The privative part of excommunication consists in being cut off from the enjoyment of the privileges of God's visible people. The whole world of mankind is divided into these two sorts, those that are God's visible people; and those that are of the visible kingdom of Satan. Now it is a great On the privilege to be within the visible church of Christ. other hand, it is very doleful to be without this visible kingdom, to be cut off from its privileges, treated as belonging to the visible kingdom of Satan. For,

1. They are cut off from being the objects of that charity of God's people which is due to Christian brethren. They are not indeed cut off from all the charity of God's people, for all men ought to be the objects of their love. But I speak of the brotherly charity due to visible saints.-Charity as the apostle represents it, is the bond by which the several members of the church of Christ are united together: and therefore he calls it the bond of perfectness; Col. iii. 14. "Put on charity, which is the bond of perfectness." But when a person is justly excommunicated, it is like a physician's cutting off a diseased member from the body; and then the bond which before united it to the body is cut or broken. A scandal is the same as a stumblingblock; and therefore while the scandal remains, it obstructs the charity of others: and if it finally remain after proper endeavours to remove it, then it breaks their charity, and so the offender is cut off from the charitable opinion and esteem of the church. It cannot any longer look upon him as a Christian, and so rejects him; therefore excommunication is called a rejection, Tit. iii. 10. "A man that is an heretic, after the first and second admonition, reject." This implies that the church disapproves the person as a Christian: it cannot any longer charitably look upon him as a saint, or fellow-worshipper of God, and can do no other than, on the contrary, esteem him an enemy of God; and so doth openly withdraw its charity from him, ceasing to acknowledge him as a fellow-christian, any more than the heathens. He is also cut off from that honour which is due to brethren and fellow-christians. To be a visible Christian is an honourable character; but excommunicated per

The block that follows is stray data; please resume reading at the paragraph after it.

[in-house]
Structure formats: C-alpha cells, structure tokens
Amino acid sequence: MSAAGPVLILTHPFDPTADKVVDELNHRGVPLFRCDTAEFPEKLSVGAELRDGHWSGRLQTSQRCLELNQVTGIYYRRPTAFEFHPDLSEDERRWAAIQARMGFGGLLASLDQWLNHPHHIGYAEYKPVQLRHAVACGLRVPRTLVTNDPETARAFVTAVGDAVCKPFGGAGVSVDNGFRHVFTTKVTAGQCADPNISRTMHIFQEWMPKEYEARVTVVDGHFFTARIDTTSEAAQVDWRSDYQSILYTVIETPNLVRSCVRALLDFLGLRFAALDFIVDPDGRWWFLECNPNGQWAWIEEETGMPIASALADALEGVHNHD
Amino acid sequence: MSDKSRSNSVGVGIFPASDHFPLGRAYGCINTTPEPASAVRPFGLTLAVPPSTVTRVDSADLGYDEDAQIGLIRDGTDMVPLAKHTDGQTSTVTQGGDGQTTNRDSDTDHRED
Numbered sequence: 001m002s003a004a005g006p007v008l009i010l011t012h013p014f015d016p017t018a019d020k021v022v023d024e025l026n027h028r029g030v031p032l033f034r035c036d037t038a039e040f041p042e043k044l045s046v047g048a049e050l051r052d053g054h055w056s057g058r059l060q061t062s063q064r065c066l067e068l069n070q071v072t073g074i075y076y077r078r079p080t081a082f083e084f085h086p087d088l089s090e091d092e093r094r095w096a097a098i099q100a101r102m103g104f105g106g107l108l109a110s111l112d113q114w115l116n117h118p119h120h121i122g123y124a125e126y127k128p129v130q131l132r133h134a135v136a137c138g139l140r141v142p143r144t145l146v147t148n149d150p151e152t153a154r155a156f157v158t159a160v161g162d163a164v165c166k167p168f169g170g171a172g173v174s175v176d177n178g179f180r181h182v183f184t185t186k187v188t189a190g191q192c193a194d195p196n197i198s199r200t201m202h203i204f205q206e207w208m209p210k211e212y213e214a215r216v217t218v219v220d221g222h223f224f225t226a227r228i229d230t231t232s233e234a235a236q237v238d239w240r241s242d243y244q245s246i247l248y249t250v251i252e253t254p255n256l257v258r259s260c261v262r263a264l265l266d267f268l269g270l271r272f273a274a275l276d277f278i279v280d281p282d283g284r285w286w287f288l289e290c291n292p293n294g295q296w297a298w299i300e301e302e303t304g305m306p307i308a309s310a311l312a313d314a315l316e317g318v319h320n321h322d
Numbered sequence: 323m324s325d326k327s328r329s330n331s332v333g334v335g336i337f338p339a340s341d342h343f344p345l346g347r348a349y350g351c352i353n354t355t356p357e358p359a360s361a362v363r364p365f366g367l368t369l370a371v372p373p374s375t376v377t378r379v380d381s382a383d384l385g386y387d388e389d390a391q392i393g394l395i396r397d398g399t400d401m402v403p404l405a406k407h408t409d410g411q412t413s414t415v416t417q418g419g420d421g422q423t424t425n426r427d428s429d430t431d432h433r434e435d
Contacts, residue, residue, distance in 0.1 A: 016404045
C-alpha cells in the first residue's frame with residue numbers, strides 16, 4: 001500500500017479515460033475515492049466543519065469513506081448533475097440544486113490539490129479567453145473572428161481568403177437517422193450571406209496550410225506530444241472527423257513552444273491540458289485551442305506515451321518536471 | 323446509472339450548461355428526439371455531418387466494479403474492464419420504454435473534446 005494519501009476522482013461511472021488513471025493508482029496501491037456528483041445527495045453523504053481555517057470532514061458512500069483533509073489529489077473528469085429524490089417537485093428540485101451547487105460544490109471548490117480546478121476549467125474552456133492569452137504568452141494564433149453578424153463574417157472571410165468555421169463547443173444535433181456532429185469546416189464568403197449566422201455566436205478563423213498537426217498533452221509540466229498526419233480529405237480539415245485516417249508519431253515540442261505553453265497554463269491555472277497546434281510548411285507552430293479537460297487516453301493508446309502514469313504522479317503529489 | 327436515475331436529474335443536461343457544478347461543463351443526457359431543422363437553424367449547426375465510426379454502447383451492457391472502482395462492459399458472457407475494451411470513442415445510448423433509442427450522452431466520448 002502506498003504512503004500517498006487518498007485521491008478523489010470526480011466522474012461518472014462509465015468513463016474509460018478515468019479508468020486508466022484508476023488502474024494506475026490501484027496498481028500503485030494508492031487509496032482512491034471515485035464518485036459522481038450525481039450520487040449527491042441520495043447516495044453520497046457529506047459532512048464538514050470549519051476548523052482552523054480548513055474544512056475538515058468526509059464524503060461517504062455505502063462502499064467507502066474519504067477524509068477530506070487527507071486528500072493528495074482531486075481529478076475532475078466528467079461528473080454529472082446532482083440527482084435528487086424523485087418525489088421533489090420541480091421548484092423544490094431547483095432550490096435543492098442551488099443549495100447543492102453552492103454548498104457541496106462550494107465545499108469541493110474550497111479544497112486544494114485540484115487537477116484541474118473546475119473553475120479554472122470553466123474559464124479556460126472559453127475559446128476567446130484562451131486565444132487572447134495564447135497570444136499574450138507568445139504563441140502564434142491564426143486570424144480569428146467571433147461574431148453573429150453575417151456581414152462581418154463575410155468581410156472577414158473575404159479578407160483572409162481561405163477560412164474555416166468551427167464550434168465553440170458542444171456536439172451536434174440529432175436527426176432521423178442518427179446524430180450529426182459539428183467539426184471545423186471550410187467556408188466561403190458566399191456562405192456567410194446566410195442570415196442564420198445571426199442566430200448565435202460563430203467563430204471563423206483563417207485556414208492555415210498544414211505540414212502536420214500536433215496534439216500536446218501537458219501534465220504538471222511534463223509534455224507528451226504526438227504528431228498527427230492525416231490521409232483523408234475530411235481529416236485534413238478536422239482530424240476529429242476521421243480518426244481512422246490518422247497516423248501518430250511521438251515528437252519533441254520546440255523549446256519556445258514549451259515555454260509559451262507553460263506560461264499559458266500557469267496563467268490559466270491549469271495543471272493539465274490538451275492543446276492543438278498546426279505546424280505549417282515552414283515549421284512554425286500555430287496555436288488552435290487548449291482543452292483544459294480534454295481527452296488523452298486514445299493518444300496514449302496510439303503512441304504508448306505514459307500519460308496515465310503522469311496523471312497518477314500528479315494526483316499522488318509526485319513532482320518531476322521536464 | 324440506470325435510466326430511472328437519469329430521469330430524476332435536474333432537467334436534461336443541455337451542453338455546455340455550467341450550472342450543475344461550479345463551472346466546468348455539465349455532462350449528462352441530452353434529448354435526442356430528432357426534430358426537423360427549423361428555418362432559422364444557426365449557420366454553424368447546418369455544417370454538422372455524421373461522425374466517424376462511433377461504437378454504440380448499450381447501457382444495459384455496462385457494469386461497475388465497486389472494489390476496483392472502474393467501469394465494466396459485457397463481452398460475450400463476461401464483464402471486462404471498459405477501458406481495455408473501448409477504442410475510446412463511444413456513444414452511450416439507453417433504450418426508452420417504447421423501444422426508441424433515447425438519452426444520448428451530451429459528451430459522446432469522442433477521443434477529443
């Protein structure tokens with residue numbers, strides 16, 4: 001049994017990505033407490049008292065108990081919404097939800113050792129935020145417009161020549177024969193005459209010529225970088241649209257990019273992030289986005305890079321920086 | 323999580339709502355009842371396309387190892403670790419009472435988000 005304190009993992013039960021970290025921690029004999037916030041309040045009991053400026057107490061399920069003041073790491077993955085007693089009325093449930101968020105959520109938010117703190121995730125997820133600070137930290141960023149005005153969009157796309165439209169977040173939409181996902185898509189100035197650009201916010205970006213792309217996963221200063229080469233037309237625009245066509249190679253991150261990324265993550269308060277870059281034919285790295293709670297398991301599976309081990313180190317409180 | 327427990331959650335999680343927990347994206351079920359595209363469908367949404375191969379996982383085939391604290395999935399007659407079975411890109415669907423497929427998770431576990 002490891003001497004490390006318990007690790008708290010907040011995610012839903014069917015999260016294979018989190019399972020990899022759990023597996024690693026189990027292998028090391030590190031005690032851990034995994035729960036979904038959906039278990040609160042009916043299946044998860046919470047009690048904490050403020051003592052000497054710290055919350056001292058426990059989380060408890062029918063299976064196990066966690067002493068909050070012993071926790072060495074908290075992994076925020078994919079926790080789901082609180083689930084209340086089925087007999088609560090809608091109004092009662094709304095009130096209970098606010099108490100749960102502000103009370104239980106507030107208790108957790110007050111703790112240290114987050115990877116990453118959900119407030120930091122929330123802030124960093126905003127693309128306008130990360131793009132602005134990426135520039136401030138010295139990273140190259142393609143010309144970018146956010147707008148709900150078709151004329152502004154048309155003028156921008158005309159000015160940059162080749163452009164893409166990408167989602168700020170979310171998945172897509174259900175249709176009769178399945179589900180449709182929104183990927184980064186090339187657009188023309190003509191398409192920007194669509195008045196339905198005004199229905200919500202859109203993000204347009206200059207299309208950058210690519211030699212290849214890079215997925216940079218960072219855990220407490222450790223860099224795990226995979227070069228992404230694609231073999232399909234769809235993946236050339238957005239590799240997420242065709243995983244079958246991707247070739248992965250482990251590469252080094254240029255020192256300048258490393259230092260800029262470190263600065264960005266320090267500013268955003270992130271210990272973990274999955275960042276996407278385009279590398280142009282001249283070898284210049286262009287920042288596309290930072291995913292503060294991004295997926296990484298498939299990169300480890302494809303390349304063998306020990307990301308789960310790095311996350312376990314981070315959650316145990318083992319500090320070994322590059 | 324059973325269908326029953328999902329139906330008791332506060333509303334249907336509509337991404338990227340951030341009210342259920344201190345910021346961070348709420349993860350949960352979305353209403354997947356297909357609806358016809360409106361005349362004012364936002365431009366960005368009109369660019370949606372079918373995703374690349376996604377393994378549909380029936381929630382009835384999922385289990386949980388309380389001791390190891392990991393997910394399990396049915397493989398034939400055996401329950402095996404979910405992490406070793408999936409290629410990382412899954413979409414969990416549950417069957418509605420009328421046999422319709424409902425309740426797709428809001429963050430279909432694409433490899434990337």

sons forfeit this honour. Christians ought not to pay that honour and respect to them, which they pay to others; but should treat them as unworthy of that honour, that they may be ashamed. Christ tells us, they should "be unto us as heathen men and publicans," (Matt. xviii. 17.) which implies a withdrawing from them that common respect which we pay to others. We ought to treat them so as to let them plainly see that we do not count them worthy of it, to put them to shame.